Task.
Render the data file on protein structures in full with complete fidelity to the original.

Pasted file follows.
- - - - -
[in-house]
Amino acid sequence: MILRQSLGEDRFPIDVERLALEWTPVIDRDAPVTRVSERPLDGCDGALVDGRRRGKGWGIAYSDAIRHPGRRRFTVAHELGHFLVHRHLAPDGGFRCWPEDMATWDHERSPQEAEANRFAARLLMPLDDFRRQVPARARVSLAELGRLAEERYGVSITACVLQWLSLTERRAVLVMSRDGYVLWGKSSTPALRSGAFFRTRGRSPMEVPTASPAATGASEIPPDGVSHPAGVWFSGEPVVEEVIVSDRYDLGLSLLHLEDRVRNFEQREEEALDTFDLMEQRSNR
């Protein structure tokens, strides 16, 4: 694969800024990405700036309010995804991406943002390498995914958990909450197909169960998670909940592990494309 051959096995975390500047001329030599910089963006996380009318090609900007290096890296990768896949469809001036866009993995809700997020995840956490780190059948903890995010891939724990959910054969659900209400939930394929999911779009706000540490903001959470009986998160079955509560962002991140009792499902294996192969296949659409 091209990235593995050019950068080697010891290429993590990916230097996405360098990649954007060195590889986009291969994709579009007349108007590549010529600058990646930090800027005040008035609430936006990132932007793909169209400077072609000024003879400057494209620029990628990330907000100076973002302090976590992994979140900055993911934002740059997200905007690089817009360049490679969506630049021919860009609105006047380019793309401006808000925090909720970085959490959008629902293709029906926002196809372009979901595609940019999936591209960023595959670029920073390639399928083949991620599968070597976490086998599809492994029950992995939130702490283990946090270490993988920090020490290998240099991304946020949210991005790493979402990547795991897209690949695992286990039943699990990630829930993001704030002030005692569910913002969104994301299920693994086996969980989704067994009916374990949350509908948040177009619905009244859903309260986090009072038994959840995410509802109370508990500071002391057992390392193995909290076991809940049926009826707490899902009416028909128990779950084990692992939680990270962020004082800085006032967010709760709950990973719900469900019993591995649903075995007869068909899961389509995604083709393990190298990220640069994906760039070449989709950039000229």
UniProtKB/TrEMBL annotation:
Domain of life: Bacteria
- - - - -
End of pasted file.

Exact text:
[in-house]
Amino acid sequence: MILRQSLGEDRFPIDVERLALEWTPVIDRDAPVTRVSERPLDGCDGALVDGRRRGKGWGIAYSDAIRHPGRRRFTVAHELGHFLVHRHLAPDGGFRCWPEDMATWDHERSPQEAEANRFAARLLMPLDDFRRQVPARARVSLAELGRLAEERYGVSITACVLQWLSLTERRAVLVMSRDGYVLWGKSSTPALRSGAFFRTRGRSPMEVPTASPAATGASEIPPDGVSHPAGVWFSGEPVVEEVIVSDRYDLGLSLLHLEDRVRNFEQREEEALDTFDLMEQRSNR
């Protein structure tokens, strides 16, 4: 694969800024990405700036309010995804991406943002390498995914958990909450197909169960998670909940592990494309 051959096995975390500047001329030599910089963006996380009318090609900007290096890296990768896949469809001036866009993995809700997020995840956490780190059948903890995010891939724990959910054969659900209400939930394929999911779009706000540490903001959470009986998160079955509560962002991140009792499902294996192969296949659409 091209990235593995050019950068080697010891290429993590990916230097996405360098990649954007060195590889986009291969994709579009007349108007590549010529600058990646930090800027005040008035609430936006990132932007793909169209400077072609000024003879400057494209620029990628990330907000100076973002302090976590992994979140900055993911934002740059997200905007690089817009360049490679969506630049021919860009609105006047380019793309401006808000925090909720970085959490959008629902293709029906926002196809372009979901595609940019999936591209960023595959670029920073390639399928083949991620599968070597976490086998599809492994029950992995939130702490283990946090270490993988920090020490290998240099991304946020949210991005790493979402990547795991897209690949695992286990039943699990990630829930993001704030002030005692569910913002969104994301299920693994086996969980989704067994009916374990949350509908948040177009619905009244859903309260986090009072038994959840995410509802109370508990500071002391057992390392193995909290076991809940049926009826707490899902009416028909128990779950084990692992939680990270962020004082800085006032967010709760709950990973719900469900019993591995649903075995007869068909899961389509995604083709393990190298990220640069994906760039070449989709950039000229």
UniProtKB/TrEMBL annotation:
Domain of life: Bacteria